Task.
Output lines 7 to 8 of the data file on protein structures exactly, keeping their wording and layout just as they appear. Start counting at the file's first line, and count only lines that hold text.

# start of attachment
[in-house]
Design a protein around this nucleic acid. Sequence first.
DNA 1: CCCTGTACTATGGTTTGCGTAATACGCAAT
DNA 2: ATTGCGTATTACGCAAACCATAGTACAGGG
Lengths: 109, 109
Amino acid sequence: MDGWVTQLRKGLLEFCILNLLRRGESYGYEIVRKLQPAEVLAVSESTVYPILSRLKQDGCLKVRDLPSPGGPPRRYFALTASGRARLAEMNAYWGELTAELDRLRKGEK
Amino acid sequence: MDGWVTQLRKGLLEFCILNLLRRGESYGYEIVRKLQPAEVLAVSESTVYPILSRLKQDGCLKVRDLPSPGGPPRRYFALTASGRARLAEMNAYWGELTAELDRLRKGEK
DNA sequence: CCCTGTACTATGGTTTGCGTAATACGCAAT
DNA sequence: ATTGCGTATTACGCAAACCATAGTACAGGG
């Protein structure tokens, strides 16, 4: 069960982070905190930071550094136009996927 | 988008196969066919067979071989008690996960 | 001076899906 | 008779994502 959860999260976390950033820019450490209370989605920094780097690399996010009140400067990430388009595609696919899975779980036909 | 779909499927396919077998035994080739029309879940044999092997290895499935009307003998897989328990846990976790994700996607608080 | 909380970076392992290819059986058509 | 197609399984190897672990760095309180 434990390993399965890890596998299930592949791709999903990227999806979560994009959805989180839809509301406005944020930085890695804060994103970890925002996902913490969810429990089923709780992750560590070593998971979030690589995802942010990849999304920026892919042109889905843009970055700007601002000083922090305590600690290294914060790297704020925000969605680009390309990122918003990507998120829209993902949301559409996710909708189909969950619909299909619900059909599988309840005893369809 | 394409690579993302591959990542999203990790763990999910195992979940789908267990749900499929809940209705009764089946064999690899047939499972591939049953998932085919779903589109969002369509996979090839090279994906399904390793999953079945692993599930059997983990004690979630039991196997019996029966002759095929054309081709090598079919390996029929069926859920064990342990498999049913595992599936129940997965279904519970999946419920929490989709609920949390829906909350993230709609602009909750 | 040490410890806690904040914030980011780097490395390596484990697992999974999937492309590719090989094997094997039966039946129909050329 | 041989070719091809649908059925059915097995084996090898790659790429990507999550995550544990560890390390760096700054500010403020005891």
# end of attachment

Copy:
Amino acid sequence: MDGWVTQLRKGLLEFCILNLLRRGESYGYEIVRKLQPAEVLAVSESTVYPILSRLKQDGCLKVRDLPSPGGPPRRYFALTASGRARLAEMNAYWGELTAELDRLRKGEK
DNA sequence: CCCTGTACTATGGTTTGCGTAATACGCAAT